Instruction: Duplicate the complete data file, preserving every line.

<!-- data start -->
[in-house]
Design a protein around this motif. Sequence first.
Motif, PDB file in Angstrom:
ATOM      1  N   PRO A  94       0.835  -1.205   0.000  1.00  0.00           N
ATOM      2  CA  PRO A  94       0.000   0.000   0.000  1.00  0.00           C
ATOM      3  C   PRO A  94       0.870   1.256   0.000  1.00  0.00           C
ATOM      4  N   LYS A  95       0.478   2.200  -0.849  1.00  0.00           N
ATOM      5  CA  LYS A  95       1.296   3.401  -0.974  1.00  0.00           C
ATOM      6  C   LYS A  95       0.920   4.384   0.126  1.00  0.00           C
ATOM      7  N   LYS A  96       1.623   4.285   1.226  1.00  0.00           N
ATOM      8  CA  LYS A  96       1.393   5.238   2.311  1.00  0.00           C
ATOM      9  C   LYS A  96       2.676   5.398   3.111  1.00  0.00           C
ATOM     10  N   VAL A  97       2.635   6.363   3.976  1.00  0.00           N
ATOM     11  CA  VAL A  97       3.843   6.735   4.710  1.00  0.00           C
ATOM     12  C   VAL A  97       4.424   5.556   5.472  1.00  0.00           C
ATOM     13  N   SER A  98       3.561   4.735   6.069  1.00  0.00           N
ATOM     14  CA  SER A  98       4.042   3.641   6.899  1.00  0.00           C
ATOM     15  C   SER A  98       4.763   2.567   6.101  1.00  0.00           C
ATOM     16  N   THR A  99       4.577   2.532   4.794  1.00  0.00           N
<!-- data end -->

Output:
[in-house]
Design a protein around this motif. Sequence first.
Motif, PDB file in Angstrom:
ATOM      1  N   PRO A  94       0.835  -1.205   0.000  1.00  0.00           N
ATOM      2  CA  PRO A  94       0.000   0.000   0.000  1.00  0.00           C
ATOM      3  C   PRO A  94       0.870   1.256   0.000  1.00  0.00           C
ATOM      4  N   LYS A  95       0.478   2.200  -0.849  1.00  0.00           N
ATOM      5  CA  LYS A  95       1.296   3.401  -0.974  1.00  0.00           C
ATOM      6  C   LYS A  95       0.920   4.384   0.126  1.00  0.00           C
ATOM      7  N   LYS A  96       1.623   4.285   1.226  1.00  0.00           N
ATOM      8  CA  LYS A  96       1.393   5.238   2.311  1.00  0.00           C
ATOM      9  C   LYS A  96       2.676   5.398   3.111  1.00  0.00           C
ATOM     10  N   VAL A  97       2.635   6.363   3.976  1.00  0.00           N
ATOM     11  CA  VAL A  97       3.843   6.735   4.710  1.00  0.00           C
ATOM     12  C   VAL A  97       4.424   5.556   5.472  1.00  0.00           C
ATOM     13  N   SER A  98       3.561   4.735   6.069  1.00  0.00           N
ATOM     14  CA  SER A  98       4.042   3.641   6.899  1.00  0.00           C
ATOM     15  C   SER A  98       4.763   2.567   6.101  1.00  0.00           C
ATOM     16  N   THR A  99       4.577   2.532   4.794  1.00  0.00           N